Steroid Receptor Analysis

Chemo Secrets From a Breast Cancer Survivor

Breast Cancer Survivors

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Steroid receptors have been routinely determined on surgically resected primary breast cancers since the late 1970s.45 Receptor-containing tumors have a better short-term prognosis, although the magnitude of this difference is relatively small (8 to 10 percent difference in recurrence rate for node-negative patients at 5 years).17,46 Long-term relapse and survival rates between receptor-positive and receptor-negative tumor patients, however, tend to merge.17,44,47 Despite this, steroid receptor assays are often used as a marker of probable sensitivity to tamoxifen or other agents that bind the estrogen receptor.

Determination of steroid receptors on cyto-logic or surgical preparations of primary breast tumors is standard and almost universally performed. Such tests should also be obtained on presurgical breast cancer samples (cytology or core biopsy) if neoadjuvant chemo- or radiotherapy will be given. Receptor determination may also be performed on tumor metastases if the steroid receptor status was not determined on the primary tumor or if there is reason to suspect biologic cancer progression (the development of an estrogen receptor-negative phenotype).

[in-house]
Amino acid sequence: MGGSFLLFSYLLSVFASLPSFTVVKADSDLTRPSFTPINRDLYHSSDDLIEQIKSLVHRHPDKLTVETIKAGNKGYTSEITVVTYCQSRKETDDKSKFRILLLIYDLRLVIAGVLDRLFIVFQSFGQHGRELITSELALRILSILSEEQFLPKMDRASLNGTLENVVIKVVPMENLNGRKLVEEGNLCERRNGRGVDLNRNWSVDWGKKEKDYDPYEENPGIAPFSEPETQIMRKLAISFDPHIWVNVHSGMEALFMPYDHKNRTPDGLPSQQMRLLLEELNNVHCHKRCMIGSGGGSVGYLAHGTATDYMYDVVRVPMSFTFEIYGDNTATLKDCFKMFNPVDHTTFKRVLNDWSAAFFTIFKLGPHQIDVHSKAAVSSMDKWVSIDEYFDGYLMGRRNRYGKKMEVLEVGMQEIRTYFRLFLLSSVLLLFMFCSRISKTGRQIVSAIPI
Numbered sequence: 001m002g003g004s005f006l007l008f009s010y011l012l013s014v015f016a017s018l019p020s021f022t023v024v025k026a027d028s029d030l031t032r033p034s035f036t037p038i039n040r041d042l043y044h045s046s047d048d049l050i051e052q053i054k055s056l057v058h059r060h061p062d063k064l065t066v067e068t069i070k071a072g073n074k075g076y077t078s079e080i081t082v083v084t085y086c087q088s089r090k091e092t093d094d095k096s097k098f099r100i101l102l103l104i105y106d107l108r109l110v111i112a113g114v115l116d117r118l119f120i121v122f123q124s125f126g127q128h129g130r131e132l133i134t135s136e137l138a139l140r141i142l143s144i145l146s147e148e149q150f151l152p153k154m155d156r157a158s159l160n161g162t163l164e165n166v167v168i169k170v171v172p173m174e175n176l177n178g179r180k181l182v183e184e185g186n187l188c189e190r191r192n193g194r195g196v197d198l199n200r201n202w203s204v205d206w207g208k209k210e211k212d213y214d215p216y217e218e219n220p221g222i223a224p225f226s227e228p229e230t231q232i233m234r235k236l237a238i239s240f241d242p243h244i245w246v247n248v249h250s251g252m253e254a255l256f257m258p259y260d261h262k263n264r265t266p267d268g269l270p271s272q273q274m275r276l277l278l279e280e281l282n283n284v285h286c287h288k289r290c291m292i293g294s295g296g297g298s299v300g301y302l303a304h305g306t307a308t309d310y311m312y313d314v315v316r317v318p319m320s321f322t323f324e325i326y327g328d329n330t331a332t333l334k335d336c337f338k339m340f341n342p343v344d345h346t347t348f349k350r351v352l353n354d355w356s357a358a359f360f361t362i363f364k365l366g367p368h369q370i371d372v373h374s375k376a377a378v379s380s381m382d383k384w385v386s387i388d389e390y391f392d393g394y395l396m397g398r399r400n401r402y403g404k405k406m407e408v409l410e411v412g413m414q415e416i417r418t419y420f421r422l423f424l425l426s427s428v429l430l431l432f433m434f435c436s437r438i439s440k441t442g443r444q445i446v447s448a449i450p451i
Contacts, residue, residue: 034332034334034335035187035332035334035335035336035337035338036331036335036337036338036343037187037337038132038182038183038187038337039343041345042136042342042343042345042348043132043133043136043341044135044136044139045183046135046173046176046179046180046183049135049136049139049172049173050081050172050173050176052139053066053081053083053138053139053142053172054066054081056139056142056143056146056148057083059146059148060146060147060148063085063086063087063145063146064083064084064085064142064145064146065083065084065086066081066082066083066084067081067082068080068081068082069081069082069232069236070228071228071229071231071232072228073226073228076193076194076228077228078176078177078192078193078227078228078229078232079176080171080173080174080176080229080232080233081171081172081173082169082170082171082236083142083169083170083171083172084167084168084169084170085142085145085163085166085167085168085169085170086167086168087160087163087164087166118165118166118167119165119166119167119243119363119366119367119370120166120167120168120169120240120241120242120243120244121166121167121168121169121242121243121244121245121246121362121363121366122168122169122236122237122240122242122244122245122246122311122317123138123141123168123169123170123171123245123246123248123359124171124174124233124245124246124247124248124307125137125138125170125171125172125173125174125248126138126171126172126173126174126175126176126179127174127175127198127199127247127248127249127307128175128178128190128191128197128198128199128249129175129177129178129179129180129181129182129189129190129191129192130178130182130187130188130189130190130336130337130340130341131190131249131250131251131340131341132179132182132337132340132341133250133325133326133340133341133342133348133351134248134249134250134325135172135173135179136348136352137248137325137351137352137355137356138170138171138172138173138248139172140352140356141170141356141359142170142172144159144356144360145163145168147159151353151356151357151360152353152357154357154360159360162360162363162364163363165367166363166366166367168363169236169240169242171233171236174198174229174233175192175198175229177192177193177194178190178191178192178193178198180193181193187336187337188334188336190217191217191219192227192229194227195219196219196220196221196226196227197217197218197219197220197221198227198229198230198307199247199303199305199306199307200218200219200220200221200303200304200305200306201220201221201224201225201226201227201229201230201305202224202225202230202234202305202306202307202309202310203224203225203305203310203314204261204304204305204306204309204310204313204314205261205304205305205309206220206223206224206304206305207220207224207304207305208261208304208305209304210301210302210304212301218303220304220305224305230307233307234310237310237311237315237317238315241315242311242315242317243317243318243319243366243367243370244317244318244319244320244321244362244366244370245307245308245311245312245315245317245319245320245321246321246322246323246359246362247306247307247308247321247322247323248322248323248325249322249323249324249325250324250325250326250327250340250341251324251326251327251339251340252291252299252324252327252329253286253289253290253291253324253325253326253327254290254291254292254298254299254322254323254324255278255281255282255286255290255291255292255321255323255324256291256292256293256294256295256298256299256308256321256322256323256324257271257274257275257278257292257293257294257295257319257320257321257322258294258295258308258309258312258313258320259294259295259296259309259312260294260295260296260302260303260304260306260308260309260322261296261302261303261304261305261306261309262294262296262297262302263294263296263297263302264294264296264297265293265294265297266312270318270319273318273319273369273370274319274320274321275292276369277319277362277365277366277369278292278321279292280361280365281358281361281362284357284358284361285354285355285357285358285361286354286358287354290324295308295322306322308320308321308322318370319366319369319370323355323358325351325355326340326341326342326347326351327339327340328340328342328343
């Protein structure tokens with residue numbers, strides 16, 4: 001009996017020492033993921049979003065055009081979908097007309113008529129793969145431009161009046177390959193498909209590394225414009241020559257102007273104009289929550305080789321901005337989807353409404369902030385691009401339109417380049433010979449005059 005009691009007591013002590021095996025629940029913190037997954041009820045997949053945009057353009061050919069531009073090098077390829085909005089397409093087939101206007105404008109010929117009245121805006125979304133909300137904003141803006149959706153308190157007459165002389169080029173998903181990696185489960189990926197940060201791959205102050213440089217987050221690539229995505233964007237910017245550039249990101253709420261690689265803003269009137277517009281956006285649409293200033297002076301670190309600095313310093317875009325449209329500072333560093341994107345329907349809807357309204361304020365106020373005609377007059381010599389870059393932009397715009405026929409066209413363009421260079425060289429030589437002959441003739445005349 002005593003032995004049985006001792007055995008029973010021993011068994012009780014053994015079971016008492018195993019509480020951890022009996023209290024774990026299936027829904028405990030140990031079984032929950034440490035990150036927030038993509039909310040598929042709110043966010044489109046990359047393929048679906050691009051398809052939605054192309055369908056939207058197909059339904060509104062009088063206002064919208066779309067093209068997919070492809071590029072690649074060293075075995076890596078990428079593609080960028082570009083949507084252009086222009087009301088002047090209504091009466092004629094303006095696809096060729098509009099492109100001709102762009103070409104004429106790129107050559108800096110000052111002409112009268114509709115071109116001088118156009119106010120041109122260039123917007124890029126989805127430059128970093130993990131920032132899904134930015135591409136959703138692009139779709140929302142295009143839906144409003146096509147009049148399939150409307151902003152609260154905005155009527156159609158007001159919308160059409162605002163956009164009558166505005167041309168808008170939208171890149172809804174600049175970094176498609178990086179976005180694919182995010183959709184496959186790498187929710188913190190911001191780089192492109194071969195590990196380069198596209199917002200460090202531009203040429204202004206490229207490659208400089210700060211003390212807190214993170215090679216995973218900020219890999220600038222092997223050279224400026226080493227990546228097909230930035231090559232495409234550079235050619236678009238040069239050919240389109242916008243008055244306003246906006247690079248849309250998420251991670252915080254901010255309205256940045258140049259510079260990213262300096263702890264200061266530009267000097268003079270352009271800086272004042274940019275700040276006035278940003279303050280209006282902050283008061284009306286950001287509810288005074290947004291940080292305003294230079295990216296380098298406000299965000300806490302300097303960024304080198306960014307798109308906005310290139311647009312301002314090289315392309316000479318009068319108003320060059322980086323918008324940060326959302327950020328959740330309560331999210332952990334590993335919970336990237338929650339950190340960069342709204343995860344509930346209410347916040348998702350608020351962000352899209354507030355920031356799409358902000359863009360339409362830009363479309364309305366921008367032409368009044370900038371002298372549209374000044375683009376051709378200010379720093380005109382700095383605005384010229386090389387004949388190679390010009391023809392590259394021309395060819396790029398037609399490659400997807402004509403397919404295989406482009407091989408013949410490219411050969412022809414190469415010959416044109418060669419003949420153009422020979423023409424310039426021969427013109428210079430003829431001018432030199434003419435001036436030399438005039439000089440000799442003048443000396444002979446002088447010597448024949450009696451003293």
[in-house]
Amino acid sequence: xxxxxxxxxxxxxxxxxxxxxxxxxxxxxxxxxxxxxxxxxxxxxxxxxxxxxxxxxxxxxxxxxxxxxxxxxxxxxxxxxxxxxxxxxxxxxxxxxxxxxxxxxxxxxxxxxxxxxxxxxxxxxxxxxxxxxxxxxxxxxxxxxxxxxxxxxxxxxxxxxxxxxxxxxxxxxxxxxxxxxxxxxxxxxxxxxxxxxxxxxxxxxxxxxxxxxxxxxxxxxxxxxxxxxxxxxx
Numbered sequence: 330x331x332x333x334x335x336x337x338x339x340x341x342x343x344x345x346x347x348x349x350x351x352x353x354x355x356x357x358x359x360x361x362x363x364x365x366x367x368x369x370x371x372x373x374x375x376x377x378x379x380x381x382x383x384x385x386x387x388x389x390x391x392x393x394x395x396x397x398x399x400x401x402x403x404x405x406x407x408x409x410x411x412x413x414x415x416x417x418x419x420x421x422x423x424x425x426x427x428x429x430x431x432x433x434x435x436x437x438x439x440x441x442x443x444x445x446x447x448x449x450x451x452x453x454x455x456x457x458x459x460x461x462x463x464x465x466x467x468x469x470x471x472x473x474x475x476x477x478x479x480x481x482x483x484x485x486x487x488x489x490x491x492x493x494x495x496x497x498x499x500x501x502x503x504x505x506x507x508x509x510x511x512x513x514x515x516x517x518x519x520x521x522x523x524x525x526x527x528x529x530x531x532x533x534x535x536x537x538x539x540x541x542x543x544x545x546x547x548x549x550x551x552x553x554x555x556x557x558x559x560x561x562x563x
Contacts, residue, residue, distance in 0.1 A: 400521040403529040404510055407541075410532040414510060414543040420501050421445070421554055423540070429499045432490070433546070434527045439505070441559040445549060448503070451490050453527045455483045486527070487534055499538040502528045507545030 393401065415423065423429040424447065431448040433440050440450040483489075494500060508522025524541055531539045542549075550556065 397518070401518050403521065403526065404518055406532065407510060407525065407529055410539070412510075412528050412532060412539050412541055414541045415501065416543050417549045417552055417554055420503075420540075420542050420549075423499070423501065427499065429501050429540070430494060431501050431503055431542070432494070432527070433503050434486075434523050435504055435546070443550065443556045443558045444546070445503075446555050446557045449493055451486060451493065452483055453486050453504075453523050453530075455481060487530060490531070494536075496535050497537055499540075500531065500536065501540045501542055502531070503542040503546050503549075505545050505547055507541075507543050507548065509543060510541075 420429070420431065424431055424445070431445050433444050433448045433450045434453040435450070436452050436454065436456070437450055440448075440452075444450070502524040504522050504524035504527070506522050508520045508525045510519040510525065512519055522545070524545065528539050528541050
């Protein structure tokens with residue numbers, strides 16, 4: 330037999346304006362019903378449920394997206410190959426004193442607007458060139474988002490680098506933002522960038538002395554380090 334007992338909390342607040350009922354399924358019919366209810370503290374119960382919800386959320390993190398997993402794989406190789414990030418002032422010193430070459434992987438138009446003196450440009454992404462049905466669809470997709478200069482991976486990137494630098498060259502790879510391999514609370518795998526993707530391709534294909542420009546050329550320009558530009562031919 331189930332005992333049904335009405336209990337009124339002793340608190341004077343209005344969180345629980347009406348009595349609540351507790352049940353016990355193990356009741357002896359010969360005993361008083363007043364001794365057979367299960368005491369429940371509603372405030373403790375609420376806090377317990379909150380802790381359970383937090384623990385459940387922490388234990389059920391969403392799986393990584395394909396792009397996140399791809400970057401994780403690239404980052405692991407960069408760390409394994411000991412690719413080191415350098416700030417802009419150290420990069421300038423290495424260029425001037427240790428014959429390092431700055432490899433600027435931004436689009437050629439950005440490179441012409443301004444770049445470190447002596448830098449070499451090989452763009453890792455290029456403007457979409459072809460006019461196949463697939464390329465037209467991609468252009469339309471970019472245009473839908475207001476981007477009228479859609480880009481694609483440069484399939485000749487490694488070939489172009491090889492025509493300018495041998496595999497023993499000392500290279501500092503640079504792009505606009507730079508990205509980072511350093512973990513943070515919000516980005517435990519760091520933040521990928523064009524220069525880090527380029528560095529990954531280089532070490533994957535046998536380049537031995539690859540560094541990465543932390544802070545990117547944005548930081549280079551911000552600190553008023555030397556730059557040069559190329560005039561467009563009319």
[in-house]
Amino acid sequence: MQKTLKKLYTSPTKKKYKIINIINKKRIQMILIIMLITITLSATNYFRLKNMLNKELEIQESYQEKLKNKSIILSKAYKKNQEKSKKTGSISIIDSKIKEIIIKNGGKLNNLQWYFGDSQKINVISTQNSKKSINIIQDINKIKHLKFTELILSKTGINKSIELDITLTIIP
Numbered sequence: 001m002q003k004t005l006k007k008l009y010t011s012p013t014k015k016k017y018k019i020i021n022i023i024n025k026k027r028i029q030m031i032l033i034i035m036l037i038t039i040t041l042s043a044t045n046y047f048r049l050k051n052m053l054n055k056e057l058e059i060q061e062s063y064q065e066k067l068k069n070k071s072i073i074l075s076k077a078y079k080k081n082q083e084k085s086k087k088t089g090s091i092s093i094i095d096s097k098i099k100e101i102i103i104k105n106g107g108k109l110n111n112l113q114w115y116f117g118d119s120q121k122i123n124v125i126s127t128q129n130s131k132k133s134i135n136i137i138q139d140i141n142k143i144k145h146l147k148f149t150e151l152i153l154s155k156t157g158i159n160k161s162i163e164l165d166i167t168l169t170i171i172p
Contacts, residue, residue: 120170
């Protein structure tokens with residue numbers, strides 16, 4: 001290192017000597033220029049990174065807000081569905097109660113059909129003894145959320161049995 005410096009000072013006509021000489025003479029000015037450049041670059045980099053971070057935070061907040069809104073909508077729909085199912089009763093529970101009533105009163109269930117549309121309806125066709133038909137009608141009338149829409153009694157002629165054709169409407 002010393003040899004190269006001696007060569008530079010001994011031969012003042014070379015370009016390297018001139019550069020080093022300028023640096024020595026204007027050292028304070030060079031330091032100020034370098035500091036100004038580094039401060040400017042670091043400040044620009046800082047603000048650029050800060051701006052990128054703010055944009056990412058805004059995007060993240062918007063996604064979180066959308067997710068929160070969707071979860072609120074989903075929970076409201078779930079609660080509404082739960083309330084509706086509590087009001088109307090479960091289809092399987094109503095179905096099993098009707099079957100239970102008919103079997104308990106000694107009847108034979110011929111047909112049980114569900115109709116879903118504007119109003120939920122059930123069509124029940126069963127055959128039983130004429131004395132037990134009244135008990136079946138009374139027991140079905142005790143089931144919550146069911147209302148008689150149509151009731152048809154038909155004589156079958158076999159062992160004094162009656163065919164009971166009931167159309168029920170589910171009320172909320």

Immunochemical assays for estrogen and progesterone receptors (ER, PgR) are most often used.17 Pathologists evaluate the receptor status of the invasive component only. Generally, immunopositivity of benign breast epithelium adjacent to the cancer is sought as an internal positive control for the assay. Many pathologists have developed their own definition of positivity, which is used in reporting. This may include evaluation of the percentage of cells staining as well as consideration of stain intensity. An effort should be made to have the local institutional scoring system defined and the methodology clearly stated in the assay report. Methods and scoring differences have been estimated to contribute to disagreements between laboratories in up to 30 percent of specimens. Data on ER from archival cases often used different methodologies for ER or PgR, and cut-off levels for positivity were generally determined by the local laboratory. Immunohistochemical methods now in use for ER and PgR can be applied to archival fixed-embedded tissue specimens that are decades old, should concern arise about old hormone receptor data.

The estrogen receptor is a good example of a marker that is both prognostic and predictive. Patients with tumors that are ER positive are more likely to have a better outcome independent of treatment. These same patients are also more likely to respond to tamoxifen therapy (a positive predictive factor).17 Adding to the complexity of the issue, recent data suggest that optimal ER assay cut points may be different to optimize either prognostic or predictive estima-tions.48 In summary, ER and PgR have both positive prognostic and predictive values associated with a more favorable patient outcome.

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